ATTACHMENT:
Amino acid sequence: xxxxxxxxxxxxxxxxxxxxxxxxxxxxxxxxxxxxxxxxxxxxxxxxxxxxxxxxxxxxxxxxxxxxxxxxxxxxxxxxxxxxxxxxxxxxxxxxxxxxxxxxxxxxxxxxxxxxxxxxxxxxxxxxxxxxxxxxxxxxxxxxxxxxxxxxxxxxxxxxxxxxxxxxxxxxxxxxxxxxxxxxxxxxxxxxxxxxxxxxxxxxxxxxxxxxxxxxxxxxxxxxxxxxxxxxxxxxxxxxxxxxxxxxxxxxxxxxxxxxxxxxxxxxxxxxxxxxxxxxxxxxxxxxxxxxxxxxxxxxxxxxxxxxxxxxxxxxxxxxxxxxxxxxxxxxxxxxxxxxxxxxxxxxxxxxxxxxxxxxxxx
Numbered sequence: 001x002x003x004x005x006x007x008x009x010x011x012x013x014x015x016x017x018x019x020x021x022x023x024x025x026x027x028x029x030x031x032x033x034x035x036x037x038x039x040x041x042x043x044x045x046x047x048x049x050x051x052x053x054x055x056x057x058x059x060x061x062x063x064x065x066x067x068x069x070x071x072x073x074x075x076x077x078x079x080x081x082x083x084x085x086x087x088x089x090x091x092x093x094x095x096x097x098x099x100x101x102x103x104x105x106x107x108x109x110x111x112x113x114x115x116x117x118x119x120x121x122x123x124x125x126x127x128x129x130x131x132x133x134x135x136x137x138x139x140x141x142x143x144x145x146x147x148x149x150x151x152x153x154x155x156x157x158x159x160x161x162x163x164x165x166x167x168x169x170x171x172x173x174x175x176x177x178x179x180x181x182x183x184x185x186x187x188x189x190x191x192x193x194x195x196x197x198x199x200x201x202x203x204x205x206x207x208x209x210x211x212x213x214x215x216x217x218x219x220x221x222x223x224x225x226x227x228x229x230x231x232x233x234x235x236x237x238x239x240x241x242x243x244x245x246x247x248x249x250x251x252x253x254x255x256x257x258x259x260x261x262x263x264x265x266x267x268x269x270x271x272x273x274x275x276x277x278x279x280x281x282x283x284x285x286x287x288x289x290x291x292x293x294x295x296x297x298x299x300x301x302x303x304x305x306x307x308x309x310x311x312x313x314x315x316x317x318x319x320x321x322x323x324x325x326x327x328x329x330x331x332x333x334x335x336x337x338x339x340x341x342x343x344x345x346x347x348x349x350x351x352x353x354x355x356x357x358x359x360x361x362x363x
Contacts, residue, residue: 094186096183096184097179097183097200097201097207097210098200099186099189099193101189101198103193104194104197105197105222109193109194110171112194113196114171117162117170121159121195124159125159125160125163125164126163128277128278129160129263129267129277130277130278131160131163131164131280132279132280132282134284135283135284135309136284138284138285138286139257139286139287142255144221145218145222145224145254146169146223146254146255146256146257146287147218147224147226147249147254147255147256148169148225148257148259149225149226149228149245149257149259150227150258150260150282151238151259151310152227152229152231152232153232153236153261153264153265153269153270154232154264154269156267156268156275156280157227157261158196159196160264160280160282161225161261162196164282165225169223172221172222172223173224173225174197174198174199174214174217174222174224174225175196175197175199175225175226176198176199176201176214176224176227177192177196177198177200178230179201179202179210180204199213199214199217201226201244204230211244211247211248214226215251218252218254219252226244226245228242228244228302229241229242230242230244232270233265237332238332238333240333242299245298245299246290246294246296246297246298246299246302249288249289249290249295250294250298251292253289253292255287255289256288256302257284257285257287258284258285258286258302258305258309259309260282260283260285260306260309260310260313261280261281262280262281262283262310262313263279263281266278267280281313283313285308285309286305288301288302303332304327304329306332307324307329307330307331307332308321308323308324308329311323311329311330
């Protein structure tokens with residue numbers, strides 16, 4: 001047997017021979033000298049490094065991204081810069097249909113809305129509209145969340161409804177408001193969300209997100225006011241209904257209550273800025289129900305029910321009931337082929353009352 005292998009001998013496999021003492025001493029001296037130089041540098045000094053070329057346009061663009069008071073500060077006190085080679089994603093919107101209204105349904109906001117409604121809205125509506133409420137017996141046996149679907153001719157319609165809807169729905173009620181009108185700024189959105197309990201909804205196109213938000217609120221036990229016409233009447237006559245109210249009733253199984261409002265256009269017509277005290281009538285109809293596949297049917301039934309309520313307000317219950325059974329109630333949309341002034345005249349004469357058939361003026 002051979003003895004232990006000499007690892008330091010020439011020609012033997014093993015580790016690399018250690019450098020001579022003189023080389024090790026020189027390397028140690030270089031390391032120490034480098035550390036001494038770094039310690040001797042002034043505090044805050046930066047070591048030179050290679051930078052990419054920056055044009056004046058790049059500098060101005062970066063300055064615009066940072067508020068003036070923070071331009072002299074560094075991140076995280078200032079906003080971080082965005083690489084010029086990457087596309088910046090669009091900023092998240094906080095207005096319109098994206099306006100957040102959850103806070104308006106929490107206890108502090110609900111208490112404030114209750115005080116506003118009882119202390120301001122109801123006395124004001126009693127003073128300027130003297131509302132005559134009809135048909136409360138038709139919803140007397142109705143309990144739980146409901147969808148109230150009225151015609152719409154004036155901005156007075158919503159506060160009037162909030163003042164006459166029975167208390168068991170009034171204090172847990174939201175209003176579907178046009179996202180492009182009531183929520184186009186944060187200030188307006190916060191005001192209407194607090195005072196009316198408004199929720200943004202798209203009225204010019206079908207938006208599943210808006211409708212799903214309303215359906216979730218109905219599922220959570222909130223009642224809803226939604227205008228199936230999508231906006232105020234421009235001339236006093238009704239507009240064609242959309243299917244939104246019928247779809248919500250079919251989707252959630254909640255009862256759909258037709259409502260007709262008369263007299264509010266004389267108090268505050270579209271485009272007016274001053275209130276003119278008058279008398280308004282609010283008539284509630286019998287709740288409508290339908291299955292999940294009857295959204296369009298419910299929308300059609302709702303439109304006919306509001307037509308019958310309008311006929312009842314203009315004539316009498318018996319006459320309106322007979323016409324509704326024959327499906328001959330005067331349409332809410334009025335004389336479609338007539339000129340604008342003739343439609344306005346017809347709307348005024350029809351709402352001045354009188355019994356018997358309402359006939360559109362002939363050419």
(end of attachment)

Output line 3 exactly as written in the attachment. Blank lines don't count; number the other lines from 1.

Contacts, residue, residue: 094186096183096184097179097183097200097201097207097210098200099186099189099193101189101198103193104194104197105197105222109193109194110171112194113196114171117162117170121159121195124159125159125160125163125164126163128277128278129160129263129267129277130277130278131160131163131164131280132279132280132282134284135283135284135309136284138284138285138286139257139286139287142255144221145218145222145224145254146169146223146254146255146256146257146287147218147224147226147249147254147255147256148169148225148257148259149225149226149228149245149257149259150227150258150260150282151238151259151310152227152229152231152232153232153236153261153264153265153269153270154232154264154269156267156268156275156280157227157261158196159196160264160280160282161225161261162196164282165225169223172221172222172223173224173225174197174198174199174214174217174222174224174225175196175197175199175225175226176198176199176201176214176224176227177192177196177198177200178230179201179202179210180204199213199214199217201226201244204230211244211247211248214226215251218252218254219252226244226245228242228244228302229241229242230242230244232270233265237332238332238333240333242299245298245299246290246294246296246297246298246299246302249288249289249290249295250294250298251292253289253292255287255289256288256302257284257285257287258284258285258286258302258305258309259309260282260283260285260306260309260310260313261280261281262280262281262283262310262313263279263281266278267280281313283313285308285309286305288301288302303332304327304329306332307324307329307330307331307332308321308323308324308329311323311329311330